In this week’s episode of Politics In Question, Rick Pildes joins Lee and James to consider two different explanations for America’s present political dysfunction. Pildes is the Sudler Family Professor of Constitutional Law at the New York University School of Law. His work explores legal and policy issues concerning the structure of democratic elections and institutions, such as the role of money in politics, the design of election districts, the regulation of political parties, the structure of voting systems, the representation of minority interests in democratic institutions, and similar issues. Earlier in his career, Pildes clerked for Supreme Court Justice Thurgood Marshall. He is a member of the American Academy of Arts and Sciences and the American Law Institute. Most recently, President Biden appointed Pildes to the President’s Commission on the Supreme Court of the United States.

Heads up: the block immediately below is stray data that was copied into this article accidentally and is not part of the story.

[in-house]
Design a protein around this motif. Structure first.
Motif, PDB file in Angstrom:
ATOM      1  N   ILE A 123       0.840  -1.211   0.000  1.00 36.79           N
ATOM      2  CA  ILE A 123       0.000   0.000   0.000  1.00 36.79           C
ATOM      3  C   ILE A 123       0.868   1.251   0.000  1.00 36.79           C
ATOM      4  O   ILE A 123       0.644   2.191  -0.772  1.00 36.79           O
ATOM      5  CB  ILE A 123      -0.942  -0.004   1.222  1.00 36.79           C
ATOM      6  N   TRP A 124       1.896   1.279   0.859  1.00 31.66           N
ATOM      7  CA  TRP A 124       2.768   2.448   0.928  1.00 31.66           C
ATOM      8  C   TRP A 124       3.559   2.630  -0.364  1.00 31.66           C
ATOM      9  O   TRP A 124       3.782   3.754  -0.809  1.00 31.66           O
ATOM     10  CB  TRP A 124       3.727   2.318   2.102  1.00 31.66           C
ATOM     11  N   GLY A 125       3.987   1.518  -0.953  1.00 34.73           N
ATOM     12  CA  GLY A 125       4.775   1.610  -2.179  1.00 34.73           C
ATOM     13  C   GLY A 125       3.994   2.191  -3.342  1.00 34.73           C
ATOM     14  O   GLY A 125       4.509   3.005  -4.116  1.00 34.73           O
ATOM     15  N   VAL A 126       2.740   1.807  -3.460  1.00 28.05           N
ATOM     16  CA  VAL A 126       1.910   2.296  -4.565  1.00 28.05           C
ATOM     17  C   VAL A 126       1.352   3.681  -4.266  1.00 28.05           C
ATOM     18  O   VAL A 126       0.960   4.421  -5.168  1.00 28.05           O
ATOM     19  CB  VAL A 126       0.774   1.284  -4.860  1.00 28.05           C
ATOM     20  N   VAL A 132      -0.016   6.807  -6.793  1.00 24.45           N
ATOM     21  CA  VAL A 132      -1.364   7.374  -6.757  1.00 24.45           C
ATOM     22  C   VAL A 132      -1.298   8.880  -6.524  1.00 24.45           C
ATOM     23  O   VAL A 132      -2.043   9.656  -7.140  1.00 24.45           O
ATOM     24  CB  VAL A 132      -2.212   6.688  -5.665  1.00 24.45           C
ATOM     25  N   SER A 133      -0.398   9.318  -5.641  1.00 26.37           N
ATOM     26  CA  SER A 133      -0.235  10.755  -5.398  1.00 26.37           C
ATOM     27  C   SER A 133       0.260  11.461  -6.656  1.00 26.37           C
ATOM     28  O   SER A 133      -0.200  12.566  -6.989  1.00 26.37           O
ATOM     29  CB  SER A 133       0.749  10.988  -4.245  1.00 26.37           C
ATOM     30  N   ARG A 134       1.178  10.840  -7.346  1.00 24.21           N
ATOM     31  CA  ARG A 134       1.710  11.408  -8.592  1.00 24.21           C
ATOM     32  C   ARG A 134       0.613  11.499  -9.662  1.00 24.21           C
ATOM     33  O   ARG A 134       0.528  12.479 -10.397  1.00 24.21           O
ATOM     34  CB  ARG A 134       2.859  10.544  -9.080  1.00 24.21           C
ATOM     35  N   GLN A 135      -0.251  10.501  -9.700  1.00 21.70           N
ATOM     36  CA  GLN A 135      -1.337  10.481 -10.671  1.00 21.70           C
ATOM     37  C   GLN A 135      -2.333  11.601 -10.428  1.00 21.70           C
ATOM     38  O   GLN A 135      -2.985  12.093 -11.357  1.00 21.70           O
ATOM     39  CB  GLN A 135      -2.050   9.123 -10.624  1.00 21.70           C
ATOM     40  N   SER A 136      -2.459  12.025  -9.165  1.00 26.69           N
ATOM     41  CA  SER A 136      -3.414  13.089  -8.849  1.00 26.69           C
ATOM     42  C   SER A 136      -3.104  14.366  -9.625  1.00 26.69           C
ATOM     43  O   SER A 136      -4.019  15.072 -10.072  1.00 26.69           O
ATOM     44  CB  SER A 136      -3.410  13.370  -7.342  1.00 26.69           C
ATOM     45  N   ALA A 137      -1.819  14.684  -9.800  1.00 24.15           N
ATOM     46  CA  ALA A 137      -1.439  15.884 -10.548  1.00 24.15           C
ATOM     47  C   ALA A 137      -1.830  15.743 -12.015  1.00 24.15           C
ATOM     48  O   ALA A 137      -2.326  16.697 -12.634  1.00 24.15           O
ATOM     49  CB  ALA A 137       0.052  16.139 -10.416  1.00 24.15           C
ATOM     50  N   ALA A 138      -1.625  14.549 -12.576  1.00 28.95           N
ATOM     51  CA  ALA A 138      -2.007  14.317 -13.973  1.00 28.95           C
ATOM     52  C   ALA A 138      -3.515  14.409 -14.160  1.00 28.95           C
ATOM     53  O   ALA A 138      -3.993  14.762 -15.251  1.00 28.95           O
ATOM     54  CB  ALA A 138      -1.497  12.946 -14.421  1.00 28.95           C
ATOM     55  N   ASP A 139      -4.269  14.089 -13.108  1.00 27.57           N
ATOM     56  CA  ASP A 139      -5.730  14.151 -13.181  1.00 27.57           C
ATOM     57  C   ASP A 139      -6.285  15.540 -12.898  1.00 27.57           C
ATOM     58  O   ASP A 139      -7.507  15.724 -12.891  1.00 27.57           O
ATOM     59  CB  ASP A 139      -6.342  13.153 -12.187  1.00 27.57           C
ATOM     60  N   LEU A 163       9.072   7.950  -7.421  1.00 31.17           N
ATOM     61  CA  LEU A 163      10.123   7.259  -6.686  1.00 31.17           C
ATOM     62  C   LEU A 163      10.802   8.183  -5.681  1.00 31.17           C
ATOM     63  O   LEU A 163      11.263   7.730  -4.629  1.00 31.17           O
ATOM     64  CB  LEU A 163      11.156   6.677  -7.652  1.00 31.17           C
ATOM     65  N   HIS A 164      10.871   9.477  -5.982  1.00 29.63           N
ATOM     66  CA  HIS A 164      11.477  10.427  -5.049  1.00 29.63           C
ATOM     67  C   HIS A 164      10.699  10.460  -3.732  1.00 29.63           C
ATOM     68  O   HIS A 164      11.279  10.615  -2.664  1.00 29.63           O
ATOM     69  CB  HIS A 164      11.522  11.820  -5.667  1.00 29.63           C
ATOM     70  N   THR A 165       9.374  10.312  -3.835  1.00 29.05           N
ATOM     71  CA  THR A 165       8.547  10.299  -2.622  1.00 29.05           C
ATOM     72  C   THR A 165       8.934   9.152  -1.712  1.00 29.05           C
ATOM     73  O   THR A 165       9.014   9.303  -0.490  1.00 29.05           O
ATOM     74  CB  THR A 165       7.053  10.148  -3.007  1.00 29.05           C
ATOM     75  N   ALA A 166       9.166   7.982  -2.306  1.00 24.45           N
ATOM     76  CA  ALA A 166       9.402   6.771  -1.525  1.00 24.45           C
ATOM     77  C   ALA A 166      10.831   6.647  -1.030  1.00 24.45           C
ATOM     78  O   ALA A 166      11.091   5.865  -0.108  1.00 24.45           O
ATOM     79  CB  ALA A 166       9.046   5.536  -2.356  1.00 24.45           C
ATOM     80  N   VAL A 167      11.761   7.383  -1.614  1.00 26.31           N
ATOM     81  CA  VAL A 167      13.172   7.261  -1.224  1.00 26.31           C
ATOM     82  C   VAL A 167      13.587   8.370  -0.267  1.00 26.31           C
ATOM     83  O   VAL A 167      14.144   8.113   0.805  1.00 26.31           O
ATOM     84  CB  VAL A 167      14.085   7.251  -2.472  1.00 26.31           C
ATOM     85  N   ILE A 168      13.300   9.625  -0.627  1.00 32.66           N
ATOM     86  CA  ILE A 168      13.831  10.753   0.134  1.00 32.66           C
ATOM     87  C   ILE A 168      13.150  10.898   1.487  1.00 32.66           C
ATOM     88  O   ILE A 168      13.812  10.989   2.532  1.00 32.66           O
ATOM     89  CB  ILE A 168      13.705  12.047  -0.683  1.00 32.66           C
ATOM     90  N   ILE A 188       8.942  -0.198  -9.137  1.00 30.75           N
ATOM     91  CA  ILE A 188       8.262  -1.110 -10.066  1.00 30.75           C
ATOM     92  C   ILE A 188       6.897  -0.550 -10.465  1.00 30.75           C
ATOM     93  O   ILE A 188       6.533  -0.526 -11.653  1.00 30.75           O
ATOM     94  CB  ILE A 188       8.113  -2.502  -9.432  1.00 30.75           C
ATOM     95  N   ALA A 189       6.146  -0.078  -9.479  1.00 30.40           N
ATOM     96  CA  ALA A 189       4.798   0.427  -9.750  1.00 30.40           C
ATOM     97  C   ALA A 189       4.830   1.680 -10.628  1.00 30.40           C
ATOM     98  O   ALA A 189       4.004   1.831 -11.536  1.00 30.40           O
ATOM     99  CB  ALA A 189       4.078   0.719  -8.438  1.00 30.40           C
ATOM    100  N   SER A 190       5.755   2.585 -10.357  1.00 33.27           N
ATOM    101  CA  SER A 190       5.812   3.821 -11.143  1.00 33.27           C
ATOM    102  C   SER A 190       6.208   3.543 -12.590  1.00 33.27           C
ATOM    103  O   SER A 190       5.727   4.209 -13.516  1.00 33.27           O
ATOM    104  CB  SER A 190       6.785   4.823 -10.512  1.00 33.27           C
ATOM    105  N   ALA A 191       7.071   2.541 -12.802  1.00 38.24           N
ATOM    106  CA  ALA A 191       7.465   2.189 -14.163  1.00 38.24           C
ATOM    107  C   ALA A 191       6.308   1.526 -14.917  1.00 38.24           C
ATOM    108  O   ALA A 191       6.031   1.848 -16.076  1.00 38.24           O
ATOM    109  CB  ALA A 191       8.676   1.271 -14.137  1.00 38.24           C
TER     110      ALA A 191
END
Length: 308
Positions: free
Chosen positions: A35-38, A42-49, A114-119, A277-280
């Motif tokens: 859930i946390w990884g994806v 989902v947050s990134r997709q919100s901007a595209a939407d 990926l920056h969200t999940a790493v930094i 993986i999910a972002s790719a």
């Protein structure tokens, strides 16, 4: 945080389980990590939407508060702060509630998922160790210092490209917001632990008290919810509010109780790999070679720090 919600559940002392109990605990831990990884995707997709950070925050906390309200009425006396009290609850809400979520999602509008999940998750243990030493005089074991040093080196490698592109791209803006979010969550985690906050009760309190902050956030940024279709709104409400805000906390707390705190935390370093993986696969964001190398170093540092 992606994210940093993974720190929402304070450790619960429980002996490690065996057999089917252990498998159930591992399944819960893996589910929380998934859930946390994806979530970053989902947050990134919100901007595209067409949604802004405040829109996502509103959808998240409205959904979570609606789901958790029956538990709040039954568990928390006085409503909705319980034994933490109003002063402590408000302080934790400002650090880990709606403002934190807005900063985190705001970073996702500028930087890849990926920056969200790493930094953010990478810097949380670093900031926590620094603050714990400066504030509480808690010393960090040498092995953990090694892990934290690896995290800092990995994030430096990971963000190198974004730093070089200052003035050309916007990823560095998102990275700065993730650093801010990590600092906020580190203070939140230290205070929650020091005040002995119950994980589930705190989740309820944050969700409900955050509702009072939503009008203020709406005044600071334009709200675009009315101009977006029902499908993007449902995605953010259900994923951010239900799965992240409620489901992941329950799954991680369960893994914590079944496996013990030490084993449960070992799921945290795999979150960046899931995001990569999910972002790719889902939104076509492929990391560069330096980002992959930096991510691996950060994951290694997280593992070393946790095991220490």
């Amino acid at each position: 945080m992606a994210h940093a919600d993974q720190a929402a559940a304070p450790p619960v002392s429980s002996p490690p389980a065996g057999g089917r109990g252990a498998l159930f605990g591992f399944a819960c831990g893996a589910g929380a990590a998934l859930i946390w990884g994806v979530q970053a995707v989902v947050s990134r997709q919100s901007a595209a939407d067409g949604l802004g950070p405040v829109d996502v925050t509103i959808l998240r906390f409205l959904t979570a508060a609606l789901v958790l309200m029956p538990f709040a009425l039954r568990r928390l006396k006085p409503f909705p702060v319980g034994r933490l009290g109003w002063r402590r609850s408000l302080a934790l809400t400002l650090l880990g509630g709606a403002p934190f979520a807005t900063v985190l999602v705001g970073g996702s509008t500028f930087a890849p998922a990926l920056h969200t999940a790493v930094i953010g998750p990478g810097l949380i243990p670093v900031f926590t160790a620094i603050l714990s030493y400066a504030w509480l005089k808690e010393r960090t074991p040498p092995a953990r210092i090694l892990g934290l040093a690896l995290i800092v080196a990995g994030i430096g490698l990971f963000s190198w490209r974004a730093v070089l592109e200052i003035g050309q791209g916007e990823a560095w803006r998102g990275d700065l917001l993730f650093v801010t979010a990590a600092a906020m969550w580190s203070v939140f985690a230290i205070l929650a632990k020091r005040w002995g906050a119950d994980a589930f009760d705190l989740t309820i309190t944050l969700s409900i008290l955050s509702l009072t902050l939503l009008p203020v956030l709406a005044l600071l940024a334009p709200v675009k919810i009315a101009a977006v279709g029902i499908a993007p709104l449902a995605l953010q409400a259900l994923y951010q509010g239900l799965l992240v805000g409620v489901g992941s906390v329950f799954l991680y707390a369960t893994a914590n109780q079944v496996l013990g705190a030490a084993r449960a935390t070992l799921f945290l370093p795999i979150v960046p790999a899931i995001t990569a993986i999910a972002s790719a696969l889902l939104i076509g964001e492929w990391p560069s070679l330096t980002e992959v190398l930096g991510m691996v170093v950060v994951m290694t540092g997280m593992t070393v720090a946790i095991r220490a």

Why is American politics presently dysfunctional? Is it because Americans are too polarized? Or is it because they are too fragmented? How has political fragmentation affected politics in the past? What challenges does it pose for effective governance? What is an effective government? And how many political parties do Americans really need? These are some of the questions that Rick, Lee, and James ask in this week’s episode.